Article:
They live at the bottom of lakes or rivers. Sometimes the Nixie daughters come out of the water, where they take on a human form, and mingle with people to have some fun. They can be recognized only by their wet skirts.
Sometimes they drown people, but sometimes they are friendly. The Neck continues to be often described as a child terrier and is particularly dangerous.
Strömkarlen / Fossegrim
In addition, in Sweden there is still the Strömkarlen (English “The river man”) and in Norway the Fossegrim (“grim waterfall” in English). These are male spirits that closely resemble the Neck. They usually live by waterfalls or water mills, where they play music on a harp or violin.
Another Germanic spirit is the Melusine. She comes from a medieval legend in which she transforms into a mermaid with a fish or snake tail whenever she bathes herself in water.
Greek water spirits
Among the ancient Greek water spirits are mainly the nymphs of the water and sea.
The nymphs are nature spirits, which also correspond more to the idea of a nature spirit. For they each live in a body of water that they guard and are thus connected to that body of water.
The water nymphs (Oceanids and Naiads) each live in a river, stream, lake, pond, or spring.
If their spring dries up or their river dries up, they die. Thus, they can live for a very long time, but have no soul themselves. They are friendly and often help people they meet.
The sea nymphs (Nereids), on the other hand, live in the sea.
They protect shipwrecked people and entertain sailors. In artistic representations, they are often depicted on the backs of dolphins or hippocamps (mixed creatures of horse and fish).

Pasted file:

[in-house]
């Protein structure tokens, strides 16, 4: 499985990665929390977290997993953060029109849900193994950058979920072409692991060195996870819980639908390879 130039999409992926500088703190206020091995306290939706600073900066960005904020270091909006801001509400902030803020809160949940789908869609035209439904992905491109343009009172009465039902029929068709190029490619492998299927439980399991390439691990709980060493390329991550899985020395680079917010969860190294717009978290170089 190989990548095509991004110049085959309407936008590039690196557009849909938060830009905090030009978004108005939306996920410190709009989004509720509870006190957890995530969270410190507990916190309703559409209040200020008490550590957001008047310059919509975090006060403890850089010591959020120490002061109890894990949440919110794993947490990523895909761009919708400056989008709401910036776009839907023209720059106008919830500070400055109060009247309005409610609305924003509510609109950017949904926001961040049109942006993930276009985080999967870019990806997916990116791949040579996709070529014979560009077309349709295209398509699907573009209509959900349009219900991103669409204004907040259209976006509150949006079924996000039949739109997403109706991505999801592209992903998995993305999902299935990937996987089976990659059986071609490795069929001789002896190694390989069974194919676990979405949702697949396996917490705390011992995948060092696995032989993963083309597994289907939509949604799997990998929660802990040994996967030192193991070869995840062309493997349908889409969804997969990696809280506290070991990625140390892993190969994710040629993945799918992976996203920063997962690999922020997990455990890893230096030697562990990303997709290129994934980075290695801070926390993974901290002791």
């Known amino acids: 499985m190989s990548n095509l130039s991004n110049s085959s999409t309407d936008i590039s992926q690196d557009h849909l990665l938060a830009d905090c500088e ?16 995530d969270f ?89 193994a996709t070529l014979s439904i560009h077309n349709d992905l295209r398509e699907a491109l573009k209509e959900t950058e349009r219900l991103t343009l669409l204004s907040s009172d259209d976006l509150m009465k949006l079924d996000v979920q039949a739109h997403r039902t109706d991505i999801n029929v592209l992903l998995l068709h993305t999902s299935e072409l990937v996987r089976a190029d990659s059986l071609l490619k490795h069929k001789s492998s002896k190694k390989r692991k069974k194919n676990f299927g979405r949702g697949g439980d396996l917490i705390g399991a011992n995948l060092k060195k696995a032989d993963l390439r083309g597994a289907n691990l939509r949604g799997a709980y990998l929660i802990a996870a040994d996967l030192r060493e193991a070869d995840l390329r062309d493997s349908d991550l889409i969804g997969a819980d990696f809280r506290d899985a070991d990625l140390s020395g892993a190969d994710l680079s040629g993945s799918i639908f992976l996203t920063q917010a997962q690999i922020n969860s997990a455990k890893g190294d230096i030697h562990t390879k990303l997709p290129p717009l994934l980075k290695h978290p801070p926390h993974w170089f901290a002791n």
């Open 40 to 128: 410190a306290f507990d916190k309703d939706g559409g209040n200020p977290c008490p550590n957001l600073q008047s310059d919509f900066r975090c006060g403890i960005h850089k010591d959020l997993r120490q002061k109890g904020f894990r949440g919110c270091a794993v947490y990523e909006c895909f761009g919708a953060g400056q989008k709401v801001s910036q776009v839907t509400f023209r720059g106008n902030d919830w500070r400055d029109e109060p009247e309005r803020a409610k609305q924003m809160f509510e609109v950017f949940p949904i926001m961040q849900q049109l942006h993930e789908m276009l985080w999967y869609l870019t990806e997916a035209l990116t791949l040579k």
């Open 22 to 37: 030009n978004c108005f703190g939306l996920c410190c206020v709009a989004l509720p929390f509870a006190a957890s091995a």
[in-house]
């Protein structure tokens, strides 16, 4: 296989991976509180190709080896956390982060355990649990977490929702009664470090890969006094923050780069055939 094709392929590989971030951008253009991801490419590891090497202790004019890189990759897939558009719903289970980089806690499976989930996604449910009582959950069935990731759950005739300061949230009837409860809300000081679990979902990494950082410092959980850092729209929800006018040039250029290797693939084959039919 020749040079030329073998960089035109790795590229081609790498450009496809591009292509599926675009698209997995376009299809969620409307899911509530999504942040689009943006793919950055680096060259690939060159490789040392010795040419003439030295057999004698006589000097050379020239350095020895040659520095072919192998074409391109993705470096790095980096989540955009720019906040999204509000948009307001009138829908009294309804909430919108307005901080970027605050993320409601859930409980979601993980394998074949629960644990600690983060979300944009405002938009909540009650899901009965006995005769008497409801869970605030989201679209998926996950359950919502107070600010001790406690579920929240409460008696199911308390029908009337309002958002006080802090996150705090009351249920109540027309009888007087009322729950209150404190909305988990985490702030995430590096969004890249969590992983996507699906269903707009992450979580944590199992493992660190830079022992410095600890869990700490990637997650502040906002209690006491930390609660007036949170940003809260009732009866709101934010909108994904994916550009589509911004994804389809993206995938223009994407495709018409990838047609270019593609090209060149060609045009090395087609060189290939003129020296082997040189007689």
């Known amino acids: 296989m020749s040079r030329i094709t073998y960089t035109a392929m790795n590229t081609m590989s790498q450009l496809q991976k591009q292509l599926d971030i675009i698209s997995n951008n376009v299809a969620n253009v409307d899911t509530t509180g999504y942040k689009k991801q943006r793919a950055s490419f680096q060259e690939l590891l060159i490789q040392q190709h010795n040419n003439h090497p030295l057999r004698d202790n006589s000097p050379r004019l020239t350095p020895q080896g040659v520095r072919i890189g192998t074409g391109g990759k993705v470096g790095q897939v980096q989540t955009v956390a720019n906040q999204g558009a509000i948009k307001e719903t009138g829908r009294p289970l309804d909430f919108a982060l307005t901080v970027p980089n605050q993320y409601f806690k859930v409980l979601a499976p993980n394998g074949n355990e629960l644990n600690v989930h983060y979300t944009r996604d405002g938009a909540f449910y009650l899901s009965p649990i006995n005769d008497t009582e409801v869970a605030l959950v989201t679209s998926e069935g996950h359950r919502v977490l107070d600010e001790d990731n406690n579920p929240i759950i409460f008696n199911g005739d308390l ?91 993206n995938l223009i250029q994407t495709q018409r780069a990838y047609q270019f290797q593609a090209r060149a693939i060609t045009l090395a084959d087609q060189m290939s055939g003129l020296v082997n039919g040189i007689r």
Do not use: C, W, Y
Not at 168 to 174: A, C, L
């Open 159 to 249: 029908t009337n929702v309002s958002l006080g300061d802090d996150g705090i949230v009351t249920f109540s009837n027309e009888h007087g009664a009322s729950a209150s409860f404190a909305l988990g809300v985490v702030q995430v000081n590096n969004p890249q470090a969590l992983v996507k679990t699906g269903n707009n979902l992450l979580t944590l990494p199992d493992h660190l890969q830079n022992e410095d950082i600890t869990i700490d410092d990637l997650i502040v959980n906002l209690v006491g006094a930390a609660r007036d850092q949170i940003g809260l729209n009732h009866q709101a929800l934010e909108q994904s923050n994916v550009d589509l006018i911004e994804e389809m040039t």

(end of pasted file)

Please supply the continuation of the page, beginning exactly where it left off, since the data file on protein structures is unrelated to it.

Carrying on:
Celtic water spirits
Kelpies are Scottish water spirits that live in Scottish lochs and rivers and can change their appearance. They usually take the form of a large, black water horse, but they can also transform into people.
Most often, kelpies in human form are described as male. However, sometimes they are female.
When hikers want to cross the river where they live, they sometimes show themselves to them and promise to carry them across. But if the wanderer agrees and sits on the horse’s back, then the horse takes him down into the depths of the river and eats him up.
But it is also possible to tame a kelpie. To do this, you have to manage to put a bridle or veil around his head.
Slavic water spirits
The Rusalkas are Russian water spirits who appear in the form of young girls or women. It is said that they died early and now live on as water spirits.
They only appear after the week following Pentecost, known as Rusalka week. Mostly, they are described as evil. Thus, they steal newborns, drown men or lead people astray. However, sometimes they are described as helping people.
The Vodyanoy (also called Vodnik in the Czech Republic) is a male water spirit very similar to the German Neck. The name means in Russian as much as “the one from the water” or “watery”.
He also lives in lakes, ponds and rivers and is up to no good. In appearance, he resembles an old man with a frog face, greenish beard and long hair, and black fish scales on his fish tail.
His body is also mostly covered in algae and mud. He lives on his river and can sometimes be seen floating by on a tree stump.
Like the rusalkas, he is blamed for drowning people. It is said that he makes the people he has dragged into the depths work for him as slaves.
Water spirits from other parts of the world